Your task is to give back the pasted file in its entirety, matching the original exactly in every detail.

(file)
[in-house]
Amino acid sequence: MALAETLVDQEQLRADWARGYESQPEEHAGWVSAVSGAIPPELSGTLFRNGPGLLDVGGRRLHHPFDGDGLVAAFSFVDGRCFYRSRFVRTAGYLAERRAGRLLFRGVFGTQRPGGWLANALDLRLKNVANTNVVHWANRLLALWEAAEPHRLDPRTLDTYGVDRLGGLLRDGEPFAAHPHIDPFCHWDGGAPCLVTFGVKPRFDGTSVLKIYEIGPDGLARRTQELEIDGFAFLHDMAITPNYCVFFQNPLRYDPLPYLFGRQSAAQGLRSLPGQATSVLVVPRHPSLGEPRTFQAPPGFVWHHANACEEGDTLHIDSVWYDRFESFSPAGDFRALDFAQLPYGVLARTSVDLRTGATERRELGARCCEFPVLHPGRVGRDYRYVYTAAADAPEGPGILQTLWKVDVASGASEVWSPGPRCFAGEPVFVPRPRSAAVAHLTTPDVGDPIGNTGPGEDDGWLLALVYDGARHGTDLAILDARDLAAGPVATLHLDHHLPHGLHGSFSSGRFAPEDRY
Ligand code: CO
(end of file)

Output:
[in-house]
Amino acid sequence: MALAETLVDQEQLRADWARGYESQPEEHAGWVSAVSGAIPPELSGTLFRNGPGLLDVGGRRLHHPFDGDGLVAAFSFVDGRCFYRSRFVRTAGYLAERRAGRLLFRGVFGTQRPGGWLANALDLRLKNVANTNVVHWANRLLALWEAAEPHRLDPRTLDTYGVDRLGGLLRDGEPFAAHPHIDPFCHWDGGAPCLVTFGVKPRFDGTSVLKIYEIGPDGLARRTQELEIDGFAFLHDMAITPNYCVFFQNPLRYDPLPYLFGRQSAAQGLRSLPGQATSVLVVPRHPSLGEPRTFQAPPGFVWHHANACEEGDTLHIDSVWYDRFESFSPAGDFRALDFAQLPYGVLARTSVDLRTGATERRELGARCCEFPVLHPGRVGRDYRYVYTAAADAPEGPGILQTLWKVDVASGASEVWSPGPRCFAGEPVFVPRPRSAAVAHLTTPDVGDPIGNTGPGEDDGWLLALVYDGARHGTDLAILDARDLAAGPVATLHLDHHLPHGLHGSFSSGRFAPEDRY
Ligand code: CO